Air travel was already recovering until the Omicron variant emerged, latest findings from the International Air Transport Association (IATA) showed.
“The recovery in air traffic continued in November. Unfortunately, governments over-reacted to the emergence of the Omicron variant at the close of the month and resorted to the tried-and-failed methods of border closures, excessive testing of travelers and quarantine to slow the spread,” IATA Director General Willie Walsh lamented.
“Not surprisingly, international ticket sales made in December and early January fell sharply compared to 2019, suggesting a more difficult first quarter than had been expected,” he explained.
“If the experience of the last 22 months has shown anything, it is that there is little to no correlation between the introduction of travel restrictions and preventing transmission of the virus across borders,” Walsh continued.
“These measures place a heavy burden on lives and livelihoods. If experience is the best teacher, let us hope that governments pay more attention as we begin the New Year, ” he underscored.
Total demand for air travel in November 2021 (measured in revenue passenger-kilometers or RPKs) was down 47.0 percent compared to November 2019.
This marked an uptick compared to October’s 48.9 percent contraction from October 2019.
It further explained that because comparisons between 2021 and 2020 monthly results are distorted by the extraordinary impact of COVID-19, unless otherwise noted, all comparisons are to November 2019, which followed a normal demand pattern.
Domestic air travel deteriorated slightly in November after two consecutive monthly improvements.
Domestic RPKs fell by 24.9 percent versus 2019 compared with a 21.3 percent decline in October.
Primarily this was driven by China, where traffic fell 50.9 percent compared to 2019, after several cities introduced stricter travel restrictions to contain (pre-Omicron) COVID outbreaks.
International passenger demand in November was 60.5 percent below November 2019, bettering the 64.8 percent decline recorded in October.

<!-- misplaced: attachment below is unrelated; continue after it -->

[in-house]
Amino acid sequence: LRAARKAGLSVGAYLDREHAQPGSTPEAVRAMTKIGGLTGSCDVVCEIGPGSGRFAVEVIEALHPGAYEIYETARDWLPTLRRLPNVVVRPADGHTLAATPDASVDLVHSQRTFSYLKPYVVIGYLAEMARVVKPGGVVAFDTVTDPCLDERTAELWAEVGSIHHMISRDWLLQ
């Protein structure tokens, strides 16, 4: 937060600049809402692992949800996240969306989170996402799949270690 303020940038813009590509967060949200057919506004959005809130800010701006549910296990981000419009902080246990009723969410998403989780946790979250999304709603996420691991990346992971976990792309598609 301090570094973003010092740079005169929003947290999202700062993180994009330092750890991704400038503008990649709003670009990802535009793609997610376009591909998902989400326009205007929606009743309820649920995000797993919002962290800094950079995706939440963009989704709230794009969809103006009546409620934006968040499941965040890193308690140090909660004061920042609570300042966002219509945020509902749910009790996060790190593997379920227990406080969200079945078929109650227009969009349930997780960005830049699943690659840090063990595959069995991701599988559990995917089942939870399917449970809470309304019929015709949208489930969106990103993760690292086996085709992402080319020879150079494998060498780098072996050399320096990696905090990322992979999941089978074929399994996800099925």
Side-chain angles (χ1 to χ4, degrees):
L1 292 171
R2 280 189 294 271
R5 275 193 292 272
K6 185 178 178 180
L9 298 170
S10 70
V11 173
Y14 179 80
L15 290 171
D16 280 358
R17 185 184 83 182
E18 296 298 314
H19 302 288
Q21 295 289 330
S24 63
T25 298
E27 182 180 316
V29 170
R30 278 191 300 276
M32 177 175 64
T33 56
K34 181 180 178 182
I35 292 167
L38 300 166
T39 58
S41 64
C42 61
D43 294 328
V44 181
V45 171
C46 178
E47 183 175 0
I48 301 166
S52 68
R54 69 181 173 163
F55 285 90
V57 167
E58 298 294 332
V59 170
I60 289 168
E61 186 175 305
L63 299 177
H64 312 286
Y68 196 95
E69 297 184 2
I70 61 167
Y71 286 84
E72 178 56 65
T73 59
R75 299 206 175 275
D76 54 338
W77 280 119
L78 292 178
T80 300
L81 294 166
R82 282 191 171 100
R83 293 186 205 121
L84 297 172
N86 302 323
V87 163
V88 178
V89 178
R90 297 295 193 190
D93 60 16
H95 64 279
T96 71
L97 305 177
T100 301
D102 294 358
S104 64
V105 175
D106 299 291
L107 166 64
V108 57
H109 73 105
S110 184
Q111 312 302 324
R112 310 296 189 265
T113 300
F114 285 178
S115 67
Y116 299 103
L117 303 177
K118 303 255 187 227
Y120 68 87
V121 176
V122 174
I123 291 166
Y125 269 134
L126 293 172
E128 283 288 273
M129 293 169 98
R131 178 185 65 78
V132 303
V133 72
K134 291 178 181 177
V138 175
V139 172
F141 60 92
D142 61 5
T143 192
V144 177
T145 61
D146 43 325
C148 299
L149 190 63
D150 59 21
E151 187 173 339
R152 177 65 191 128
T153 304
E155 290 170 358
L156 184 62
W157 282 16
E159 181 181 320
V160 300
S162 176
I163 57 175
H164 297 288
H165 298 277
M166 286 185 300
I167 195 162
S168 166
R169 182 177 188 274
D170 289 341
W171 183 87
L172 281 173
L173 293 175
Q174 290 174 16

Asia-Pacific airlines saw their November international traffic fall 89.5 percent compared to November 2019, slightly improved from the 92.0 percent drop registered in October 2021 versus October 2019.
Capacity dropped 80.0 percent and the load factor was down 37.8 percentage points to 42.2 percent, the lowest among regions.
Middle Eastern airlines had a 54.4 percent demand drop in November compared to November 2019, well up compared to the 60.9 percent decrease in October, versus the same month in 2019.
Capacity declined 45.5 percent and load factor slipped 11.9 percentage points to 61.3 percent.
North American carriers experienced a 44.8 percent traffic drop in November versus the 2019 period, significantly improved over the 56.7 percent decline in October compared to October 2019.
Capacity dropped 35.6 percent and load factor fell 11.6 percentage points to 69.6 percent.
Latin American airlines saw a 47.2 percent drop in November traffic, compared to the same month in 2019, a marked upturn over the 54.6 percent decline in October compared to October 2019.
November capacity fell 46.6 percent and load factor dropped 0.9 percentage points to 81.3 percent, which was the highest load factor among the regions for the 14th consecutive month.
European carriers’ November international traffic declined 43.7 percent versus November 2019, much improved compared to the 49.4 percent decrease in October versus the same month in 2019.
Capacity dropped 36.3 percent and load factor fell 9.7 percentage points to 74.3 percent.
African airlines’ traffic fell 56.8 percent in November versus two years’ ago, improved over the 59.8 percent decline in October compared to October 2019.
November capacity was down 49.6 percent and load factor declined 10.1 percentage points to 60.3 percent .